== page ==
Time to sum up…

Here I am,
for the first post in the new Diary of a Rocket Scientist section that comes as inspiration from a series of blog articles by a Skyward alumnus named Pietro Campi, hope he won’t complain about copyrights infringment but I tought it was a very nice idea… 🙂

The idea is to leave a place on the site where all of those that would like to write a bit about their experiences in the university and in the Skyward daily work and, more widely, about aspects of the aerospace world, could write with a more informal language. A way to tell how’s it going and how we want it will go…

I beg for your understanding if my English is not grammar-nazi-proof, but I couldn’t ask to Nina, our website manager, to translate the article during Christmas Eve!

Last year in Skyward

HRE100K, Rocksanne 2X and Rocksanne 2\(\alpha\), Cyrano

Last year in Skyward has been particular: some sort of hand-over, that’s always difficult. We were coming from the 2014’s successful launches of #R1X that sponsored a great enthusiasm for everyone, ready to launch a new rocket an order of magnitude bigger than the previous ones.

The development of a solid rocket motor of the required size was not feasible for the association’s logistics, cooking at home a so-big sugar and \(KNO_3\) grain was not an option there. For this reason and to have more certainties about the security of the activities, we decided to switch to an hybrid technology.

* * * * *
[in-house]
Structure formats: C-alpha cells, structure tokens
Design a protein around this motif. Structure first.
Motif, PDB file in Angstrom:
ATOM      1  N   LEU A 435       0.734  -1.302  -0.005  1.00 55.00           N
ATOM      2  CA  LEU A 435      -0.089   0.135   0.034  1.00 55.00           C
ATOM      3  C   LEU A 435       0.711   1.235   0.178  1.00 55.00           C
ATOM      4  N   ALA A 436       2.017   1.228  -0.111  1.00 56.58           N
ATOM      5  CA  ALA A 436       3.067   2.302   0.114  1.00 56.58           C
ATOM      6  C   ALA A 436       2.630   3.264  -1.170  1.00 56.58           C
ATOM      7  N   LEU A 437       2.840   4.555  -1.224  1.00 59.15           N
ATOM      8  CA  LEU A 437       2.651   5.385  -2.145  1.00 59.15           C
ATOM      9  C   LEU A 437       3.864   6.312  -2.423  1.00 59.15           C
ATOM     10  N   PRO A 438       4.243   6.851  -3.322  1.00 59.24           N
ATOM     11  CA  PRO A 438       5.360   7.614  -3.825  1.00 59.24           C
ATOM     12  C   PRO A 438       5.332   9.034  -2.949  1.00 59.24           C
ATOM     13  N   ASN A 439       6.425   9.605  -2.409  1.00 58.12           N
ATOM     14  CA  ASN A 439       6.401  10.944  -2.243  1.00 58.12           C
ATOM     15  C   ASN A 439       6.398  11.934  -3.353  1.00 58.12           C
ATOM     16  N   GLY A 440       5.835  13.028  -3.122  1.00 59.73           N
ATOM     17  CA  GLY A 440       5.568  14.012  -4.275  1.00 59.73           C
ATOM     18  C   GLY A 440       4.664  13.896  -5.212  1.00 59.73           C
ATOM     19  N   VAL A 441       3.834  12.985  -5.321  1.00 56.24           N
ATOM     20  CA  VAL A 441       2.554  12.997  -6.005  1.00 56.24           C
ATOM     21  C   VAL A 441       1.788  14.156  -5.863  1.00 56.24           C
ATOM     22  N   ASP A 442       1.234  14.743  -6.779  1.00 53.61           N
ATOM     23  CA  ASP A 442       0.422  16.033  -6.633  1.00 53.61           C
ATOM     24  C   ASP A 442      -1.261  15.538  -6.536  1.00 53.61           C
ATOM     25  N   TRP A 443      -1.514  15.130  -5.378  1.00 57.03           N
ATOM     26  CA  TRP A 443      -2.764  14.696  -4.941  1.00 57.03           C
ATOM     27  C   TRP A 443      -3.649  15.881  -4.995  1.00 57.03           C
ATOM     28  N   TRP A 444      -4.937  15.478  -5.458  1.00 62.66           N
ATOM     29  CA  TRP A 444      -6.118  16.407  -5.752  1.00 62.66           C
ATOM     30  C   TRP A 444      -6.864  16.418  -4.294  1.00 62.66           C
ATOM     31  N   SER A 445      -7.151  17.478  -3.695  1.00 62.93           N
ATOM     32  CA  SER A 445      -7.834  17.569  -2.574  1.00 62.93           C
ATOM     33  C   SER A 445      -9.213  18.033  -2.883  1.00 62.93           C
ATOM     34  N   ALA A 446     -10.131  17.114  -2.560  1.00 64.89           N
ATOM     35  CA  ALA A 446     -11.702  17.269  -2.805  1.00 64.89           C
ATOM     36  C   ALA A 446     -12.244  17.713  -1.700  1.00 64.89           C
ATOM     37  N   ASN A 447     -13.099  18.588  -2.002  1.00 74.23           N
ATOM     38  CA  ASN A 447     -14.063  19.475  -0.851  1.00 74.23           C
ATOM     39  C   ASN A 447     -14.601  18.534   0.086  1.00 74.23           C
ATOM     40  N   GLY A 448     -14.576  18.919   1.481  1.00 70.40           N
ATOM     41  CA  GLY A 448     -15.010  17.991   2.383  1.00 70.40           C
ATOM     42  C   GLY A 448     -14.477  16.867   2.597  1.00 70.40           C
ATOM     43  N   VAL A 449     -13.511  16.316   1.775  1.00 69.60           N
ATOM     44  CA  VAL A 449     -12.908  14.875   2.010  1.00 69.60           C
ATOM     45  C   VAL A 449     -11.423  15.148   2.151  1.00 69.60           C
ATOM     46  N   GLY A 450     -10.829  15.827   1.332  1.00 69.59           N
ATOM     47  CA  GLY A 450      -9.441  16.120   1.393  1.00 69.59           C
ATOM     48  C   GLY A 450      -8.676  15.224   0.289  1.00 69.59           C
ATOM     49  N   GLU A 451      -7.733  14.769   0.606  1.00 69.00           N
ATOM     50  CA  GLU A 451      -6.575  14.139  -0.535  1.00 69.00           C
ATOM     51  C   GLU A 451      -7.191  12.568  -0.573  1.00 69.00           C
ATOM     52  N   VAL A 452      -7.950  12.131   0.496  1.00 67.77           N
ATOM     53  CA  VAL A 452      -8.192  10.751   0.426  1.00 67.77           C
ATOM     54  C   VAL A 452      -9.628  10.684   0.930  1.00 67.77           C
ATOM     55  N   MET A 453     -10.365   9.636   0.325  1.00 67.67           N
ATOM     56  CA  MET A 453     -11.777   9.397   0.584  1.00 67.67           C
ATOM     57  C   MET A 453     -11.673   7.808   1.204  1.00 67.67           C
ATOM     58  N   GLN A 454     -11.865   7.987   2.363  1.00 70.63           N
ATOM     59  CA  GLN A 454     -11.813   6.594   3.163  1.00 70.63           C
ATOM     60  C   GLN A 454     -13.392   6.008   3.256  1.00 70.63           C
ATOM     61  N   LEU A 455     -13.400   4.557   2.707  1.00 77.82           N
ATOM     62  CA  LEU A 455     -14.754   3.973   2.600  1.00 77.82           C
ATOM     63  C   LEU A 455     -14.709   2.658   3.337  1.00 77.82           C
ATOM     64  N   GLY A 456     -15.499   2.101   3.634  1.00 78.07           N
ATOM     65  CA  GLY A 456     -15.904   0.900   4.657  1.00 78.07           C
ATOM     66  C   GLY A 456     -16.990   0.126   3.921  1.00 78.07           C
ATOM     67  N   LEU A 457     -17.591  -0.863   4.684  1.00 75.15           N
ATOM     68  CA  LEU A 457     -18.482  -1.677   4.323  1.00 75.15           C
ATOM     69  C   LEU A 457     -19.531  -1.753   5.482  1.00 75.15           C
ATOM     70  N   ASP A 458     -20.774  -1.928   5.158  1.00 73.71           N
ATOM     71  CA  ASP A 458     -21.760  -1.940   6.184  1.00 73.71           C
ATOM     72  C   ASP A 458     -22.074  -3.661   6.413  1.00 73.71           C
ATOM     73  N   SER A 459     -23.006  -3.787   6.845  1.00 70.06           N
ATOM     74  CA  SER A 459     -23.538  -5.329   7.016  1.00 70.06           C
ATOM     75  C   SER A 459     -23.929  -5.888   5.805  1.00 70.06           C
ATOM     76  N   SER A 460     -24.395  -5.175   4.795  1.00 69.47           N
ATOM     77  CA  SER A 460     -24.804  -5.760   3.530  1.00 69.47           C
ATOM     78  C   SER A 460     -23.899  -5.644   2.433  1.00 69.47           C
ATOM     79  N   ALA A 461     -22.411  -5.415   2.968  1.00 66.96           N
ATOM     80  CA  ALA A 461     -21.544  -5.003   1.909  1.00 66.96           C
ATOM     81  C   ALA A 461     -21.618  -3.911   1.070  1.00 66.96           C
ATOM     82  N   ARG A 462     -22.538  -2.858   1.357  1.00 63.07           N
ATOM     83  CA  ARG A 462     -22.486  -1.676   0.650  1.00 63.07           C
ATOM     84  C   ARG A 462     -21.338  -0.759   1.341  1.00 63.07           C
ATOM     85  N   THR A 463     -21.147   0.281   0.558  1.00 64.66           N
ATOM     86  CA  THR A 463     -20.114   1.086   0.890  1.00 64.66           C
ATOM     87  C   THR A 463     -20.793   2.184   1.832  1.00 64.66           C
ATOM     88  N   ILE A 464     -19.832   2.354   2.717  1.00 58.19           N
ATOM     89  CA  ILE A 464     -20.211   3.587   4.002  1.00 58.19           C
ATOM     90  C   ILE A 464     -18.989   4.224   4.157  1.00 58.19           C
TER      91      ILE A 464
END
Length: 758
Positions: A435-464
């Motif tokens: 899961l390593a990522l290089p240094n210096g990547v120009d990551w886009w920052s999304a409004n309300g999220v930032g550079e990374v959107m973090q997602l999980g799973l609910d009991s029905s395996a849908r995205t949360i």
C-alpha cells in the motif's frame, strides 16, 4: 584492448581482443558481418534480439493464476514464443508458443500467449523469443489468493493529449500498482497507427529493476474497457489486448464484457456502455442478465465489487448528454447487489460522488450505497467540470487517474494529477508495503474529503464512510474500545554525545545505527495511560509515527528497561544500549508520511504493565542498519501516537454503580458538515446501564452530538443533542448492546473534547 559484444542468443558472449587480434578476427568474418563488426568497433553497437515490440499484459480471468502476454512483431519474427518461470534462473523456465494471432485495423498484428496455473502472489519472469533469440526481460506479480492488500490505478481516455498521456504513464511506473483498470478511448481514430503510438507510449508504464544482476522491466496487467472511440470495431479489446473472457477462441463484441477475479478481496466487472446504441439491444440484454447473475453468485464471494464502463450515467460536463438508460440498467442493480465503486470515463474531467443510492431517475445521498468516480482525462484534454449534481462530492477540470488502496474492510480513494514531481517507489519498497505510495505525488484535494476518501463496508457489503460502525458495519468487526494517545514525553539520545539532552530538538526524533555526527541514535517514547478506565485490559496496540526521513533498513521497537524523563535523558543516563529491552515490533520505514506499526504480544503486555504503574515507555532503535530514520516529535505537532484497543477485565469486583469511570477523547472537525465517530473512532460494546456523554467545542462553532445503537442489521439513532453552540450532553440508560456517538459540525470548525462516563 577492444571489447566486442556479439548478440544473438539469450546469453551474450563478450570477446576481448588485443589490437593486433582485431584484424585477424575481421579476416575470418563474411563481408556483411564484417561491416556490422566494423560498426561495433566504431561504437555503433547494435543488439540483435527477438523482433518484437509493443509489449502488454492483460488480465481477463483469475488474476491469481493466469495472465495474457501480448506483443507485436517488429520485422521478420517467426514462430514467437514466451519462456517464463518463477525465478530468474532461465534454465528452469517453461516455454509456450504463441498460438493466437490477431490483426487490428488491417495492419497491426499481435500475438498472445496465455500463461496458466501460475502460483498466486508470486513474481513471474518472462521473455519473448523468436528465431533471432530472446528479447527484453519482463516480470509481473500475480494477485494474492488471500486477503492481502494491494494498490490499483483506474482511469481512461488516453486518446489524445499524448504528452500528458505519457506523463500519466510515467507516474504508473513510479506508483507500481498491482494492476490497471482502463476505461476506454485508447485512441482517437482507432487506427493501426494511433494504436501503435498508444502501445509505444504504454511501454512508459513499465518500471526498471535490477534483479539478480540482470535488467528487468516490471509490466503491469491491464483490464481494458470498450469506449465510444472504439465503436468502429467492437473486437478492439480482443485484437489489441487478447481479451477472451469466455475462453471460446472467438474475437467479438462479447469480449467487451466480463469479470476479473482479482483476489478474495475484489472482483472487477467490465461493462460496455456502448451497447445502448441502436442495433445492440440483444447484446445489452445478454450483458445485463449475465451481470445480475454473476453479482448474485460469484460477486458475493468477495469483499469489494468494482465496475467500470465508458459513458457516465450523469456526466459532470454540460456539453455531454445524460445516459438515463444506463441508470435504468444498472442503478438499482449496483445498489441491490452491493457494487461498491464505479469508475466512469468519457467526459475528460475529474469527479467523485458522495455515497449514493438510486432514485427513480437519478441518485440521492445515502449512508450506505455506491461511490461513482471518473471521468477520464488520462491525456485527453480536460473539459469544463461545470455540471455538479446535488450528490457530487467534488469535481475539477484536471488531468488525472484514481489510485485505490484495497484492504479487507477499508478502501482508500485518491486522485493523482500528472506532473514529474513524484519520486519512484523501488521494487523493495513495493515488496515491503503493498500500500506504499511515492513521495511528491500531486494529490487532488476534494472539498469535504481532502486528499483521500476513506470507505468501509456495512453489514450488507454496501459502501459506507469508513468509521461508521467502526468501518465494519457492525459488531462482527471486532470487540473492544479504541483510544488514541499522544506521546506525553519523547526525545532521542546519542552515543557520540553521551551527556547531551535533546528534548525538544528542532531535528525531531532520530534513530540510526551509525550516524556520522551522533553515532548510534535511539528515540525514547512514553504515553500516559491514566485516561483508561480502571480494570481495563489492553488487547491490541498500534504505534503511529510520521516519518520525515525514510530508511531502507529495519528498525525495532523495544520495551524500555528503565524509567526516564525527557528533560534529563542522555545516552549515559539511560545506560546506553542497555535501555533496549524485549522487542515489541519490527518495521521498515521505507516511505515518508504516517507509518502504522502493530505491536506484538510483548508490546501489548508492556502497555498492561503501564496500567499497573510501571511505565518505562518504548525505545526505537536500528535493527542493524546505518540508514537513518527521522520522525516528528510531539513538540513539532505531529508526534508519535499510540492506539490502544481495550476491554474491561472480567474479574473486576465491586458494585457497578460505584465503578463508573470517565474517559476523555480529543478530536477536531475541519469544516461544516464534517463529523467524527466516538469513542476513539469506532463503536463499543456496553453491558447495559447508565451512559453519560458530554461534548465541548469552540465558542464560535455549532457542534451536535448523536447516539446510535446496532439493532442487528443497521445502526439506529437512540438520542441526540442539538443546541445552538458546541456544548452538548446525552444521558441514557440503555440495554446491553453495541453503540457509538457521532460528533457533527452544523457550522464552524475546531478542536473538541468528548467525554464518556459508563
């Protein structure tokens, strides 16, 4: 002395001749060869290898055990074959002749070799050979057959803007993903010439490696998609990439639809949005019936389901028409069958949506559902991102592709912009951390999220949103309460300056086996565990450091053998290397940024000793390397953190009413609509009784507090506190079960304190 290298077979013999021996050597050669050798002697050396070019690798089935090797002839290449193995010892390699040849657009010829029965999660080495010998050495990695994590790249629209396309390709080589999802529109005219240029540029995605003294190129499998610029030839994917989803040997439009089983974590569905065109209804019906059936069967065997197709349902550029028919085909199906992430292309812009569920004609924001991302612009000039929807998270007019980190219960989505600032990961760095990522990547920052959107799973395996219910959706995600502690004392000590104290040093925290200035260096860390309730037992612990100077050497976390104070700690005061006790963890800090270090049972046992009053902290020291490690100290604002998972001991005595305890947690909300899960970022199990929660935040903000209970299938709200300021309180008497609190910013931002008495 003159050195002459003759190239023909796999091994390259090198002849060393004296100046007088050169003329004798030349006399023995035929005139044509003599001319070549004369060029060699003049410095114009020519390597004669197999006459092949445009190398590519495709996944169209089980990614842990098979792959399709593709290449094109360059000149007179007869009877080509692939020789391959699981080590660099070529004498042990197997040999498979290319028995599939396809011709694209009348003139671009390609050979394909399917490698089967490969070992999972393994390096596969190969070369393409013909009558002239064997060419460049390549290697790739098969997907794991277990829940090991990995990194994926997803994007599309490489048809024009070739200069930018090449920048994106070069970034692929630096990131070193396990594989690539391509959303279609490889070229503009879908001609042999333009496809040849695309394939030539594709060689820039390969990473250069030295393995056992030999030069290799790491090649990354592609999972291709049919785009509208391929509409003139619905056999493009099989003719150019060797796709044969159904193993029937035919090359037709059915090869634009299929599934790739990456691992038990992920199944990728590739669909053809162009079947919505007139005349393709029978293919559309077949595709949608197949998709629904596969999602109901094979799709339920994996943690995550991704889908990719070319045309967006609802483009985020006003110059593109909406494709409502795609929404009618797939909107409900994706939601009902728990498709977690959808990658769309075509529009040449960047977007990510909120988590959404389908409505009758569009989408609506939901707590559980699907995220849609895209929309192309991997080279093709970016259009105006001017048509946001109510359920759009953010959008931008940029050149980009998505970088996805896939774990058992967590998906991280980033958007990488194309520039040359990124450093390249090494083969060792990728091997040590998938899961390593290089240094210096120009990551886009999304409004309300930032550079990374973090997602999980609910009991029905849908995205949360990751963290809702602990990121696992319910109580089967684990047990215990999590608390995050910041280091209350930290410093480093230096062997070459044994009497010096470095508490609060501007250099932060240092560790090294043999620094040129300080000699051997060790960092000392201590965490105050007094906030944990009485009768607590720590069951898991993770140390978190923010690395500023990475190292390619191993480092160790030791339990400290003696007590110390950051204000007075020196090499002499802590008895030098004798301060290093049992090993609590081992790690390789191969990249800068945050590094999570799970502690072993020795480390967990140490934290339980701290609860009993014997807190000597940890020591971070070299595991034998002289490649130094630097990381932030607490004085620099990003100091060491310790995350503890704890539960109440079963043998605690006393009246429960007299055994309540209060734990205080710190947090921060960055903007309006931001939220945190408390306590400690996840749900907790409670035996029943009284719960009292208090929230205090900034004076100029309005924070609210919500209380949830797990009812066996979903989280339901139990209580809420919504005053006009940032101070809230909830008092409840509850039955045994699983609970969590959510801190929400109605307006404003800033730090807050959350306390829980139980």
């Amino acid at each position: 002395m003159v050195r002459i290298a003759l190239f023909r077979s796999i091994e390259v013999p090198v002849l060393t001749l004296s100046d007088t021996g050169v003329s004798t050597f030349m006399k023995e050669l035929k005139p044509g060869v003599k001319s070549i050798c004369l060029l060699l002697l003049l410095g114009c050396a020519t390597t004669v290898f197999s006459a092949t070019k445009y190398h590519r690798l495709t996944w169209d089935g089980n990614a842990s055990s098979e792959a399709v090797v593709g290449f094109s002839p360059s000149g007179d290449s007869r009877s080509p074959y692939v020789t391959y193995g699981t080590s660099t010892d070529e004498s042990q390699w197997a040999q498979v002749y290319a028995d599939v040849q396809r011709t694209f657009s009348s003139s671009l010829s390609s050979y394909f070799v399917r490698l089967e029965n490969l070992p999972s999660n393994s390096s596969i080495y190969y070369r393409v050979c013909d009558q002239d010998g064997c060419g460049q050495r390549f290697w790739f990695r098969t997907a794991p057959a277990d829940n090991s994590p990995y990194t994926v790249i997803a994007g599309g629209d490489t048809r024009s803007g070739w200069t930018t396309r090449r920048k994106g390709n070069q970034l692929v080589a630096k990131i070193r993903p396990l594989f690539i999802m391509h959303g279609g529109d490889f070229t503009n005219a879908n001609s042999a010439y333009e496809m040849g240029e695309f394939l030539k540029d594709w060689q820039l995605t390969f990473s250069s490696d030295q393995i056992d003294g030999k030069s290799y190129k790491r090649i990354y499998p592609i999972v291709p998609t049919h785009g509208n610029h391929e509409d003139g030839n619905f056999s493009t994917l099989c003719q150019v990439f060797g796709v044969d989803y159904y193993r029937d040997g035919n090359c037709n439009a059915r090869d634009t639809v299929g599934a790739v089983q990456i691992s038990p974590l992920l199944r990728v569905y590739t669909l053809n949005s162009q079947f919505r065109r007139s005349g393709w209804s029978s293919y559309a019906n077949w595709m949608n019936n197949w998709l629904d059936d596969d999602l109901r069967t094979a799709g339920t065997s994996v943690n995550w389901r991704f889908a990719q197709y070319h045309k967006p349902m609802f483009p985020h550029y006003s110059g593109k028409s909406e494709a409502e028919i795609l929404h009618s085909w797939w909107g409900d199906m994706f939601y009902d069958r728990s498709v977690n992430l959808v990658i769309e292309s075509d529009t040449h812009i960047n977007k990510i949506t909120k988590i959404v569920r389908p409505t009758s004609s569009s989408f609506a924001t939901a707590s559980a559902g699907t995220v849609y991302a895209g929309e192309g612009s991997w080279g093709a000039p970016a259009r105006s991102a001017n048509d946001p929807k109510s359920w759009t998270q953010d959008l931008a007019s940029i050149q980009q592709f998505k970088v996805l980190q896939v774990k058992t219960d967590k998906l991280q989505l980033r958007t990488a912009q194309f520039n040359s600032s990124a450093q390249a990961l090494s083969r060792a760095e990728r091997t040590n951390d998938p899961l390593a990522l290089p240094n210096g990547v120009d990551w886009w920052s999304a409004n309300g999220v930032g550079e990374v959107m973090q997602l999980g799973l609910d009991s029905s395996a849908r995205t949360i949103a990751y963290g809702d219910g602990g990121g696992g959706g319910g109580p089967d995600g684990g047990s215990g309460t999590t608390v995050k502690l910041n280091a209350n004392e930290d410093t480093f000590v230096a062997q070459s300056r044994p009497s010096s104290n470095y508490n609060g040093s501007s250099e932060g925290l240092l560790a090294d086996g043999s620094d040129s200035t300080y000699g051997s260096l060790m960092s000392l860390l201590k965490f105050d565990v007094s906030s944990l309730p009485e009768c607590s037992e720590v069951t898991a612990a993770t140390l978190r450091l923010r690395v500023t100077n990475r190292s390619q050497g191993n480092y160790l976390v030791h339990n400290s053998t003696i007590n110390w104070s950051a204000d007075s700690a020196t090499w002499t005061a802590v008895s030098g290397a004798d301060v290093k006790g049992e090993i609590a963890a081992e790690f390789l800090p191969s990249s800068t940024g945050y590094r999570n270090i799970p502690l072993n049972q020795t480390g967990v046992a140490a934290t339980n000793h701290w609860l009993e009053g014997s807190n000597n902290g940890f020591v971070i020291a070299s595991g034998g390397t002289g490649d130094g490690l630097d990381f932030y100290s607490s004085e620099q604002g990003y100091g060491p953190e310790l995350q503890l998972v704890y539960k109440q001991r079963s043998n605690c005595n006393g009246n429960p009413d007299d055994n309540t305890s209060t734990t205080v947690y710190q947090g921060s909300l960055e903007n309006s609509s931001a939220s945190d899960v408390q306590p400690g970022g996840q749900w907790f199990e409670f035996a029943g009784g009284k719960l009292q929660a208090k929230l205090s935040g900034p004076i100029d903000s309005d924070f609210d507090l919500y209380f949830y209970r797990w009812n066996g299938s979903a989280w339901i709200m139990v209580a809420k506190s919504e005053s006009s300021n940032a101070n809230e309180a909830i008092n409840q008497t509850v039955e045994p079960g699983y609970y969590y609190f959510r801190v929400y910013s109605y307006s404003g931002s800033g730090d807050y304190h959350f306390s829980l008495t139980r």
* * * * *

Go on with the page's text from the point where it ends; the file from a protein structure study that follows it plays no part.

To launch a rocket with an hybrid motor of \( 5\,\text{kN}\) you need to think about the system, think to design it but, above all, test it. That’s what we have been trying to do during this year about the propulsion system of #R2X… finding a test area that was near enough and that would be able to allow us to face the test campaign in total security. We’re still searching…

But you can’t stop the exciting feeling of watching a launch for long and the subsystems designed for Rocksanne 2X shoud be tested… So we stated that we would have launched a preliminary “alpha” version of R2X, Rocksanne 2 Alpha, with a commercial solid rocket motor that would fulfill the need of tests for the systems and it would allow the new skywarders to raise their nose and watch a flying rocket payloaded with their dreams and passions.

The 2015 has been also the year in which Skyward entered the proper aeronautics world… we do airplanes! Politecnico di Milano has a big tradition in the research for aircrafts of every kind and we should’t have missed the chance to have a linked student project. The rockets?! We mount them underneath the plane…

EASM2015 and the rest of the world


2015 has been even the year in which the European Record for the apogee altitude of an amateur rocket was broken. The same record holders (DARE Team from Netherlands) succeeded in pushing it to 21 km.
The Stratos II flight inspires those who want really learn to build rockets and it’s and index of a phenomenon I believe is incredibly important for the formation of the young rocket scientists wannabe: “allow young people doing whatever they want to do”. This way of thinking enables several virtuous mechanisms: records are broken, you learn how to design and how to manage the project, most importantly you grow passion for something that is (also) the result of your work, you think and dream “big”, you become more and more skillful facing the challenge of changing the world.